Published 18th April 2018

There is no doubt that teaching English as a foreign language is a dreamy job. You basically get paid to spend your days hanging out with some cool people, playing games and having a fat chat. Ok, so there might be a bit of paperwork involved and some planning, preparation and marking, but other than that it’s really just a whole lot of fun and games.

Just kidding! To be honest, though it most definitely has its perks, being a TEFL teacher is a job, so you will experience difficulties and challenges just as you would with any other job. The difference is that as an EFL teacher these difficulties will be in the classroom rather than the boardroom. Here are three of the most common problems EFL teachers face in the classroom.

So much to plan, such little time

In the beginning it will feel like you are planning more than you are teaching because it will take you ages to plan even a 30-minute lesson. This may seem like a waste of time and energy but it is most certainly necessary in order to be able to carry out engaging and effective lessons. Don’t let this dishearten you; be comforted knowing that planning takes a long time for all of us when we start but it’ll get quicker over time.  Once you have done it a few times, you will get the hang of it and will soon be able to plan a lesson in record time.

Too much time in class

At the same time, no matter how much you plan there is always the chance you will have an extra five or ten minutes in your lesson which you haven’t planned for. Don’t panic, this is not uncommon. To make sure you utilise that time appropriately, have a bunch of quick activities up your sleeve for just such occasions. Revision games work especially well in these circumstances.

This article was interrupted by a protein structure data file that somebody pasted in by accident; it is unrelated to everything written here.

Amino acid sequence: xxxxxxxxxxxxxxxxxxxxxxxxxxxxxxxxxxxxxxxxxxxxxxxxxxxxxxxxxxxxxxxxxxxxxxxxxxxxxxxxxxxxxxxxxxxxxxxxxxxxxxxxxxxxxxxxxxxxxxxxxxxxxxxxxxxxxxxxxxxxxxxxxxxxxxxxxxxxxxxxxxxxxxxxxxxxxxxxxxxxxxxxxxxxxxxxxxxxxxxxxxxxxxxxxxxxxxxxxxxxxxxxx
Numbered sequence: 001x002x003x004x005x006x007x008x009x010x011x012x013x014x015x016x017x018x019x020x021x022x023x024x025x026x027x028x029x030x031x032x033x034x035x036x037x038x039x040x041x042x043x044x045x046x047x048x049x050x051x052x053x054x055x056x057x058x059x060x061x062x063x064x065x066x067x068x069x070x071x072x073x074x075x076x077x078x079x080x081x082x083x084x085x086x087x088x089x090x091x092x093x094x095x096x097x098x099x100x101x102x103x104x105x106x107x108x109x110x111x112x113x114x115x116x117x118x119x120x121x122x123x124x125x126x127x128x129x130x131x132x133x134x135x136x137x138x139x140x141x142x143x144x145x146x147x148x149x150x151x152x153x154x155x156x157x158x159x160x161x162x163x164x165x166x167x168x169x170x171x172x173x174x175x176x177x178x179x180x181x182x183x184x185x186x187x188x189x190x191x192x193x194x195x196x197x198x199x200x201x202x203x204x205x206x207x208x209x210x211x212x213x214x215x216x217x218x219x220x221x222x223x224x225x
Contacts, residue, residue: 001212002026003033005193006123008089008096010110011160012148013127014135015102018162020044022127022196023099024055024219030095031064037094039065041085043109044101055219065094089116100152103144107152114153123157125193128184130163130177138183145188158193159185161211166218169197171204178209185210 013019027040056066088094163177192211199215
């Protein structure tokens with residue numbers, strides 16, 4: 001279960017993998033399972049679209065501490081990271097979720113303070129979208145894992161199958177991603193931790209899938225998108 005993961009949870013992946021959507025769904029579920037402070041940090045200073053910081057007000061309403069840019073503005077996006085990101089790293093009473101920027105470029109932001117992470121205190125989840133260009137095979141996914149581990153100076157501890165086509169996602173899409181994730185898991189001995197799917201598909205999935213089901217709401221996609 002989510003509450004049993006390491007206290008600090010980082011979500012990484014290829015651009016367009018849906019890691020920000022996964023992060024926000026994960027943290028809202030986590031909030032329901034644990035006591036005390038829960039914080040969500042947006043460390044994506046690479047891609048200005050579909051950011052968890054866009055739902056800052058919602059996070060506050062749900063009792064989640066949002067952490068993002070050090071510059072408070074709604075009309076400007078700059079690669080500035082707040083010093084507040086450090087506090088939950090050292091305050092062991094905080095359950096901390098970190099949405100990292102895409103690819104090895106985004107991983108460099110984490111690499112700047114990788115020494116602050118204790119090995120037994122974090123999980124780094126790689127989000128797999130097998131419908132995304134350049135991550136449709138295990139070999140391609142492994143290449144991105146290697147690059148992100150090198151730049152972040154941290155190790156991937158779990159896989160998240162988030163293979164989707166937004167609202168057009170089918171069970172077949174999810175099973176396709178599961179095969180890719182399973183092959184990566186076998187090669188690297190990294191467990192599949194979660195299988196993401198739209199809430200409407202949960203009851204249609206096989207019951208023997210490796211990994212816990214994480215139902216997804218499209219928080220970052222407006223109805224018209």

Mixed levels in one class

Though your class may be a Pre-Intermediate or an Advanced class by name, chances are there will be some students in your class who are not the exact level of the other students. Perhaps they are a bit lower or a bit higher in their level of English. There is not much you can do in these cases (besides moving them out of your class if possible) but if you find yourselves in this situation you will need to cater for all your students’ needs. How you can do this if your students are at differing levels is to pair up stronger and weaker students, have extra activities for the stronger students or have alternative materials for the lower students.

As a teacher you need to be prepared for any situation, but these three seem to be the most common problematic scenarios. As with anything in TEFL, if you are prepared, mentally and otherwise, then they won’t be as destructive as they could have been.